Ok, so the reason that topic and that “delusional disorder diagnosis” resonated so strongly with me is that I’ve also lived with this all my life. So I won’t name names, but living with someone with delusional disorder can make you feel like you’re the “crazy” one, because people around you are all buying into the delusion.
For example: “We have a normal happy family. ” Well, when some in my family started refusing to be in the same room together, or attend the same events, or sit together if they were both there, some others in the family noticed, and some didn’t. What would you think about one of the sibs never telling anyone this occurred after 3 years. What if I told you it was her roomate who comes to every family event who was never told?
Example 2: “I never missed having a father”. Can you truly ever meet someone who might say such a thing? Can you imagine this from anyone ever? Can you imagine a person living through The Depression and never noticing they were poor? No?
Example 3: “I’m very sensitive and very soft”. This is from a person who is frequently angry, impatient, and irritable and yells alot at those close to her. The reality is that the sensitivity is also true, the sweetness is also there, but she doesn’t hear how she sounds. I do this alot of the time also, but I do try to apologize and I do know when I do it and I try to control this. This person fired her therapist when after 3 years, the therapist said to her “you are sensitive”. She fired him because he didn’t believe her when she initially told him this at her first appointment. Why didn’t he? Because he saw a hard, aggressive, difficult lady, and it took 3 years for him to see it. Sad. So she won’t go to therapists anymore. They “waste her time”.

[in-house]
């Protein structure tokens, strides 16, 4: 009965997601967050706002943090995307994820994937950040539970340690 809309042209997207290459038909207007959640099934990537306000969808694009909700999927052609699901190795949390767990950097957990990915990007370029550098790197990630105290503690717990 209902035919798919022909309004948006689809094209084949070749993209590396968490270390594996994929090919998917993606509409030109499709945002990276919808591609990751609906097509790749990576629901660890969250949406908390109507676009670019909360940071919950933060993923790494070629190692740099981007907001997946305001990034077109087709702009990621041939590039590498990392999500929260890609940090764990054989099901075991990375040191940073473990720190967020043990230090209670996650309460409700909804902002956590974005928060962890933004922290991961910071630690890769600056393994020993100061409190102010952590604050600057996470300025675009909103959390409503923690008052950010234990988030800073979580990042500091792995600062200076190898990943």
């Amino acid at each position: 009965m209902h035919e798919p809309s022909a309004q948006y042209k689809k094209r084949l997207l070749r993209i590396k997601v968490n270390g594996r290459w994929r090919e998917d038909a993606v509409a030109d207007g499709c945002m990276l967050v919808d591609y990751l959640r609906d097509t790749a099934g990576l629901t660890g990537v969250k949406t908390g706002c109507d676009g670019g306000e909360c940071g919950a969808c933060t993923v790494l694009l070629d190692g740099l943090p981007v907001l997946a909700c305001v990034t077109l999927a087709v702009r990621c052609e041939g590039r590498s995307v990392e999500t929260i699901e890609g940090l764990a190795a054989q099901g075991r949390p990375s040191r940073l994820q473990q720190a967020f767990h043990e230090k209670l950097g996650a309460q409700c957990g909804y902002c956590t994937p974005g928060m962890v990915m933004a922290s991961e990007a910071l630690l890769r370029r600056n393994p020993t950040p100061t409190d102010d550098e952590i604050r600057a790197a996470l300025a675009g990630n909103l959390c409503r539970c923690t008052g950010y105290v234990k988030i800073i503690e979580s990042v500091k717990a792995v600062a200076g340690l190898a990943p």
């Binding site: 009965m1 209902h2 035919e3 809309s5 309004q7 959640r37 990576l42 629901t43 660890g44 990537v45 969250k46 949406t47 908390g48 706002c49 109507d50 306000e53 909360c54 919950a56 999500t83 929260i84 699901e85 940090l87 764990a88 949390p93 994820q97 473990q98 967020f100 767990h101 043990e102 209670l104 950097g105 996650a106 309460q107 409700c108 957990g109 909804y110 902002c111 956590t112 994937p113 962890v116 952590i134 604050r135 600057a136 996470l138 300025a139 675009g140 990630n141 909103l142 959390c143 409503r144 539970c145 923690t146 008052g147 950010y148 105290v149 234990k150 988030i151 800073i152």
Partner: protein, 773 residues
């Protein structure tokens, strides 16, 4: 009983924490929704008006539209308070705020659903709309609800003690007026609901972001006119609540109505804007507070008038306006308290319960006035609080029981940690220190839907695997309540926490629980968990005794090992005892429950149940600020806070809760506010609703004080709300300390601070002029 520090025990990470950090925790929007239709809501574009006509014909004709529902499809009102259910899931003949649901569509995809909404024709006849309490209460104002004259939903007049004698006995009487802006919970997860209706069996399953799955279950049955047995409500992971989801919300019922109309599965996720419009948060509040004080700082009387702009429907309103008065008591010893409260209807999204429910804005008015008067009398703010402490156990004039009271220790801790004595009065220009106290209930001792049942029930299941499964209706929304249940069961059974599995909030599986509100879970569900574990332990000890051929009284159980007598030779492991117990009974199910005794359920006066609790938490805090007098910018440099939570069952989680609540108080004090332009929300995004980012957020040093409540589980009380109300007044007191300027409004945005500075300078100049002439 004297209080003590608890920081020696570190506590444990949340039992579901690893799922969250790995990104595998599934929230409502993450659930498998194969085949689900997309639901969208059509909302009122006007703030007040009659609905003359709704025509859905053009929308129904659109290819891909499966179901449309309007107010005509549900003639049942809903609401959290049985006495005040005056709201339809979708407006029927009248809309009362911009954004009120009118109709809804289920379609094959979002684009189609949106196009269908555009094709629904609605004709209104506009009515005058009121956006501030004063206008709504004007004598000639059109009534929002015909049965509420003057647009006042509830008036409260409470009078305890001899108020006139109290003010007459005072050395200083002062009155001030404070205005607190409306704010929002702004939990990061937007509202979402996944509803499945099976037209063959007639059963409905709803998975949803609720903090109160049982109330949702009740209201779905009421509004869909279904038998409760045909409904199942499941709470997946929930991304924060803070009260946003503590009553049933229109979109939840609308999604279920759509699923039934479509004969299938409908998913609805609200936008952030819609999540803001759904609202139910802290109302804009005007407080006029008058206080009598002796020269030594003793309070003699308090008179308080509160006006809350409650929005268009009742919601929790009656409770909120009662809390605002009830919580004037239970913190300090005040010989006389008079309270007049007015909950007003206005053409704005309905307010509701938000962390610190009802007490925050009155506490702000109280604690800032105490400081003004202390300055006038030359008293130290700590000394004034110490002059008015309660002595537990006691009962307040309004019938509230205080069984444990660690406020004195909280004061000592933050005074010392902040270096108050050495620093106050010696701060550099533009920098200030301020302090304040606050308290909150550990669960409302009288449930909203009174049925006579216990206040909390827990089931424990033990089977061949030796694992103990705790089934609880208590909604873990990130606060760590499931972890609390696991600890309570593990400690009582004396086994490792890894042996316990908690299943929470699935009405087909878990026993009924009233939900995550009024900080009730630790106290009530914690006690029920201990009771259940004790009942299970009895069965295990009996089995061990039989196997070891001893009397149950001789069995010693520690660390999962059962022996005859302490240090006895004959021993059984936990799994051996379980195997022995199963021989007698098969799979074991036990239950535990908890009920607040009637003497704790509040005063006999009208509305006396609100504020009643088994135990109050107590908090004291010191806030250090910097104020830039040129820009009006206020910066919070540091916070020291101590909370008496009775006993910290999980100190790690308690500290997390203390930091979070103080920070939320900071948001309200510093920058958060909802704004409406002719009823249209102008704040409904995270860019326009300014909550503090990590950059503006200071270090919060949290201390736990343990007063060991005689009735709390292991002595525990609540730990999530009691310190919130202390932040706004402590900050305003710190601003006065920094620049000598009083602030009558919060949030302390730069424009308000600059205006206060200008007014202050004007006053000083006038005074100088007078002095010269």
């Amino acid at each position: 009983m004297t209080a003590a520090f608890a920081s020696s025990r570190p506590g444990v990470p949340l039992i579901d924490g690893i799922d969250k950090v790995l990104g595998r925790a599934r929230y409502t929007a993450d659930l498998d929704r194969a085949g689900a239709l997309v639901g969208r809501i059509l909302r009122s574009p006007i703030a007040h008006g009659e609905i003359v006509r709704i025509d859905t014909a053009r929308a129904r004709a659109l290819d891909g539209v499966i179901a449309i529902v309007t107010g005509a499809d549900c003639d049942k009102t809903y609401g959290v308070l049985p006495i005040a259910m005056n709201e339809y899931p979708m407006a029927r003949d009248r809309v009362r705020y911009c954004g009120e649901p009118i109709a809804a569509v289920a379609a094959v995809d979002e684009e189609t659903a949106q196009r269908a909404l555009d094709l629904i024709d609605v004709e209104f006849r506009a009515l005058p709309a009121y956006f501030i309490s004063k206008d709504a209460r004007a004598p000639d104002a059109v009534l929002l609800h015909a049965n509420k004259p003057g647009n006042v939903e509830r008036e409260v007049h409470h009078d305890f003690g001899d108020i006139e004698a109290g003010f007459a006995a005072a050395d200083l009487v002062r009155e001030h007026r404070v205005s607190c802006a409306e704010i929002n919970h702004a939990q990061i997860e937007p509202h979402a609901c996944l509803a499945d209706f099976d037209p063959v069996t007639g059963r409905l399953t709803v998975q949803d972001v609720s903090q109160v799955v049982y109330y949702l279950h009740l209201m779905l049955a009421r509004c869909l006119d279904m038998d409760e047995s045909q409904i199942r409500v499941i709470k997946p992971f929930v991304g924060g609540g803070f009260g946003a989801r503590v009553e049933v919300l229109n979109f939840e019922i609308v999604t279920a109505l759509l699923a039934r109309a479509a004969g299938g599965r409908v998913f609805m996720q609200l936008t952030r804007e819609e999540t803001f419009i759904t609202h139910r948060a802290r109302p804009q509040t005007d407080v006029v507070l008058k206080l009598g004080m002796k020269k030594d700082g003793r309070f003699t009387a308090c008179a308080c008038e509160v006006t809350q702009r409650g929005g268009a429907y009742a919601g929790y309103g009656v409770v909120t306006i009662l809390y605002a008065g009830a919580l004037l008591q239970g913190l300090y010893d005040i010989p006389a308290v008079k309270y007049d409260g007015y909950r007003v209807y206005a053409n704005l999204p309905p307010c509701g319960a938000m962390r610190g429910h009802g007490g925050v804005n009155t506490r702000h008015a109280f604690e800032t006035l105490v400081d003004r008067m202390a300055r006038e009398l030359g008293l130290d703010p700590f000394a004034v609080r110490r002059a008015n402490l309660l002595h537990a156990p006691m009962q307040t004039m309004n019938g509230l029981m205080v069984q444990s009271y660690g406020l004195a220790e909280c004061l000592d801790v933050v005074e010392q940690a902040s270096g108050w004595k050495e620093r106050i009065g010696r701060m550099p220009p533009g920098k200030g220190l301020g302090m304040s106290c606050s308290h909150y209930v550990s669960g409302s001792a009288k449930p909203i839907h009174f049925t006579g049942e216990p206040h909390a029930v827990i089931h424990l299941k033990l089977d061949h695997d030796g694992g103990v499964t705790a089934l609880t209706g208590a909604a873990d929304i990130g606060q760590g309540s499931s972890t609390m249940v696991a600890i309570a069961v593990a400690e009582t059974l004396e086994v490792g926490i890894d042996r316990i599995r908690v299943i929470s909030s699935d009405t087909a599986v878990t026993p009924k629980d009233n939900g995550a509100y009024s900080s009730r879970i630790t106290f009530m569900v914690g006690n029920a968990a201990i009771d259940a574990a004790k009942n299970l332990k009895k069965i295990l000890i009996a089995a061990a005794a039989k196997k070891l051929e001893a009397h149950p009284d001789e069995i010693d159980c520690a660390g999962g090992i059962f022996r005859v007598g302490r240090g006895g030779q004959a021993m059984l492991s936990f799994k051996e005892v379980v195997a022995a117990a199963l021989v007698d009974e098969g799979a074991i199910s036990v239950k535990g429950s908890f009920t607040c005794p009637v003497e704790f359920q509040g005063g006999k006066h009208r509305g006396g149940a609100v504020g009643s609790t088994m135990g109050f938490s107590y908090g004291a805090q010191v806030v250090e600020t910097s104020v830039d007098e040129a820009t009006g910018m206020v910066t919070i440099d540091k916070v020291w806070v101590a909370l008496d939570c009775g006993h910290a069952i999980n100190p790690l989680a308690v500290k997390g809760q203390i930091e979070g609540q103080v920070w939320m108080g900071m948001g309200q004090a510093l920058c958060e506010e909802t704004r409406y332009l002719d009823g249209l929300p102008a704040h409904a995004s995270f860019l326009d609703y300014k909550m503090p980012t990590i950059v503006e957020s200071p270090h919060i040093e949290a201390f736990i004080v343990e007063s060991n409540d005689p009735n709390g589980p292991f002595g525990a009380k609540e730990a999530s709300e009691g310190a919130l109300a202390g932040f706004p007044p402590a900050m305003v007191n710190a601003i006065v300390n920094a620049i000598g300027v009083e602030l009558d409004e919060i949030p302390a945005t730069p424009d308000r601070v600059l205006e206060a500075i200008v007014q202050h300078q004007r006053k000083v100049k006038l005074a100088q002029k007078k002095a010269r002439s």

Do we all have some delusions about ourselves and our worlds? Yes, of course we do. We all need some delusions to help us cope and live with the hard facts of life. We believe in concepts like heaven to make death more palatable. We believe in God for the same reason. We believe that things happen for a reason. We try to find something good with whatever badness occurs so we focus on the heroes after a tragedy. There’s nothing wrong with beliefs that help us cope and survive. We need them. We all have some. We’re all imperfect and we all make mistakes, and we’re all just doing the best we can. But the family “stories” when they make you feel sick can be disturbing and damaging, so we have to recognize them as well in ourselves when we see them. That doesn’t mean we have to confront them or try to change them, but just be aware and be prepared when we go into certain situations and settings because it can trigger strong responses that make us feel out of control. So if you and I lose control sometimes, lets forgive ourselves and move on. OK?